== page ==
Black Summer fires spurs Sydney to Perth walk fundraiser

Richard Van Pijlen is walking from Sydney to Perth for Landcare

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Richard van Pijlen, 67, is currently walking through the Bega Valley Shire on his trek from Sydney to Perth. Here he is pictured with some friends and Tathra locals who treated him to a coffee on Sunday, May 29. Photo: supplied

Richard van Pijlen, 67, is currently walking through the Bega Valley Shire on his trek from Sydney to Perth. Here he is pictured with some friends and Tathra locals who treated him to a coffee on Sunday, May 29. Photo: supplied

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"I guess I'm doing this because I've always had this really adventurous spirit, I wouldn't like to be playing golf or hanging around cafés."

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Richard Van Pijlen is walking from Sydney to Perth in a bid to raise money for Landcare, with the intention of raising enough to plant one million trees.

The 67-year-old passed through Tathra on the NSW South Coast recently and has been walking steadily on to Merimbula to raise awareness about bush regeneration.

He was inspired to raise money to plant more trees after seeing the devastation to koala habitat following the Black Summer bushfires and chose Landcare to support their fantastic work, largely done by volunteers.

He has been journeying unhurriedly through the Bega Valley after a leg injury slowed him down significantly and bad weather drenched a lot of his gear on his way here.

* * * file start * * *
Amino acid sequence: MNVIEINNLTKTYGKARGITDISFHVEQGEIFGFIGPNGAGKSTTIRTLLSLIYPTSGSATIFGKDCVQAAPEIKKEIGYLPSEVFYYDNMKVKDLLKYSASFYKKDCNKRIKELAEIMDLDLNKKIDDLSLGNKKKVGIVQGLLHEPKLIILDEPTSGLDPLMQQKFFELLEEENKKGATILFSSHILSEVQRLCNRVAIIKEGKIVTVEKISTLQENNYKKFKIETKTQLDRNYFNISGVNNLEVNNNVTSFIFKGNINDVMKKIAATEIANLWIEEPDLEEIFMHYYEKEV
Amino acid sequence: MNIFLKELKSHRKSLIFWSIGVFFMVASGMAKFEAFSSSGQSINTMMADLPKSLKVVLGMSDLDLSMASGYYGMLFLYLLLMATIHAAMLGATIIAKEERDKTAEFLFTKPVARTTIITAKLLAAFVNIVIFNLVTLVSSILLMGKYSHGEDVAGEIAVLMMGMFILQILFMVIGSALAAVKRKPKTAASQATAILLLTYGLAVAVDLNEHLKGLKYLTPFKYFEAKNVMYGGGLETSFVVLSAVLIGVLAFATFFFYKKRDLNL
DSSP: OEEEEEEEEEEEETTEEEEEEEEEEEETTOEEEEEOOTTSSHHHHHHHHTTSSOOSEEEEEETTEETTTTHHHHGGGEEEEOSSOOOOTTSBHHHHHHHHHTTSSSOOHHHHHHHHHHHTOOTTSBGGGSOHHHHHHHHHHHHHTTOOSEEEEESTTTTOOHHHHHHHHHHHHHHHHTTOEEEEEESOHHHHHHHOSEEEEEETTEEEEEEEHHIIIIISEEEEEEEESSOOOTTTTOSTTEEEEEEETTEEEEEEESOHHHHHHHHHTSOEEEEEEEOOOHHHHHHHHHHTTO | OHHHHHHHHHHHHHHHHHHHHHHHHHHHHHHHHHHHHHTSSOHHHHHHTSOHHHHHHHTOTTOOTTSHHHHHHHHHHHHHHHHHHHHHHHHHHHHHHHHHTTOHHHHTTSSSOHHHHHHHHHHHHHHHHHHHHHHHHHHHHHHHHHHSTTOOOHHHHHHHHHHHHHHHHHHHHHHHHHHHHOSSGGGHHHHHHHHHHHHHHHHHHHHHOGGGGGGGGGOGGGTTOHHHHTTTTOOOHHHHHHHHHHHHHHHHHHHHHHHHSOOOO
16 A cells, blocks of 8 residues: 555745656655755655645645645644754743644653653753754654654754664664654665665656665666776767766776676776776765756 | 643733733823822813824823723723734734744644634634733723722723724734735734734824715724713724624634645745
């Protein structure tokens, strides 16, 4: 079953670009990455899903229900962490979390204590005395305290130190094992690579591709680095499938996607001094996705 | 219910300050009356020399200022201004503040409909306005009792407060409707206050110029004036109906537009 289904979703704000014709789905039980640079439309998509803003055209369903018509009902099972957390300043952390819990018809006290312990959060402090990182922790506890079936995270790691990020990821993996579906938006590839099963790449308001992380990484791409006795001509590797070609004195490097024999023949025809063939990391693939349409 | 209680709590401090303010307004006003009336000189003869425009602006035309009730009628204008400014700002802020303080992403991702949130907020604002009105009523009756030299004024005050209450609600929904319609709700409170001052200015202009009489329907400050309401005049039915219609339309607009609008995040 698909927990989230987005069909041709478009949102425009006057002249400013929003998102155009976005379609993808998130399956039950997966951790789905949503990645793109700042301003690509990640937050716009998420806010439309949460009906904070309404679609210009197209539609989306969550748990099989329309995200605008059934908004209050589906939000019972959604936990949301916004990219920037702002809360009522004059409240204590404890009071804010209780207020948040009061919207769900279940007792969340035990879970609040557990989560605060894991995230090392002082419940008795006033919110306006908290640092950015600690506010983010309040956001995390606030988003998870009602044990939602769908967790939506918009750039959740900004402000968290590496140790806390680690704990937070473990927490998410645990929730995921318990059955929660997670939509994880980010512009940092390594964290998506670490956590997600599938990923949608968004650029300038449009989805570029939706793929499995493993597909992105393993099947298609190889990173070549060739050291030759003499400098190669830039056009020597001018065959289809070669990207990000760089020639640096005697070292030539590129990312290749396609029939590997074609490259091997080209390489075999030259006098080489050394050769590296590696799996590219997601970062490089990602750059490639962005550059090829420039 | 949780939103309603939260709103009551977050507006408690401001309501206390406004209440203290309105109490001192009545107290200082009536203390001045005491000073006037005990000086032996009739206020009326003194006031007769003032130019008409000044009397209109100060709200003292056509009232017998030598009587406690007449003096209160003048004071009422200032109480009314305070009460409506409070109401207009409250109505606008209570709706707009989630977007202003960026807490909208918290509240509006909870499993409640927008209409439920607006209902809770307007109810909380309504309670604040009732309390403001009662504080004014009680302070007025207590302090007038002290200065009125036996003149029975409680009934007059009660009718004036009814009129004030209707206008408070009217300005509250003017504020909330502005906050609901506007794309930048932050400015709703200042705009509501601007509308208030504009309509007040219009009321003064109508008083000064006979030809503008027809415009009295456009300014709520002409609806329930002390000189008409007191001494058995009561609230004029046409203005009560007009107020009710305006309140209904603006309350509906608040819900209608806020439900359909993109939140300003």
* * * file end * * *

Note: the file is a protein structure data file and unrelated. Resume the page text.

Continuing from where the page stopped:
The grandfather of eight set off from Sydney's northern beaches on May 2 after stepping back from his work of over 50 years as an interior painter, his son having largely taken over the family business.

Richard Van Pijlen with family and friends at his send off from Newport Beach in Sydney. Photo: Instagram

Richard Van Pijlen with family and friends at his send off from Newport Beach in Sydney. Photo: Instagram

"I guess I'm doing this because I've always had this really adventurous spirit, I wouldn't like to be playing golf or hanging around cafés," Mr Van Pijlen said.

He has been carrying his gear in a stroller turned trolley and his belongings included a change of clothes, a tent, sleeping bag, cooking equipment, water filter, solar panel, mobile phone and a diary.

When he spoke to ACM on Monday May 30, he had just had a restful night and "nourishing meal" at the home of Bournda architect Sandra Behrendt and her partner landscaper Karl Eddy.

"I saw so many kangaroos around here, I can't believe it," Mr Van Pijlen said.

He said he was also given a social media 101 lesson from Ms Behrendt to improve his Instagram page as he had never used the platform before and it had become an important part of sharing his journey and raising awareness.

He hadn't always had a warm bed to sleep in during his journey though, and said he had slept at bus shelters, in sand dunes, near surf clubs, and under church awnings.

He had been taking roads and bicycle tracks, but focused on taking the coastal route to WA to appreciate the natural beauty of the environment.

"Wherever I get the opportunity to be near the coast that's what I really do because I love water," he said.

"I was really impressed [with the Bega Valley] because you have the beaches but I've also been walking through paddocks and seeing all the cows and the rolling hills - it's just so nice to walk around here."

He has also started to collect rubbish along his journey to later create an artwork that could be auctioned off and sold to help raise money towards his cause. He said the Bega Valley had so far been very clean in comparison to areas closer to the city.

After making his way to Melbourne, he said he would be tackling the Nullarbor before heading to the west coast.

So far Mr Van Pijlen has just under $2000. To donate to his cause, click here.

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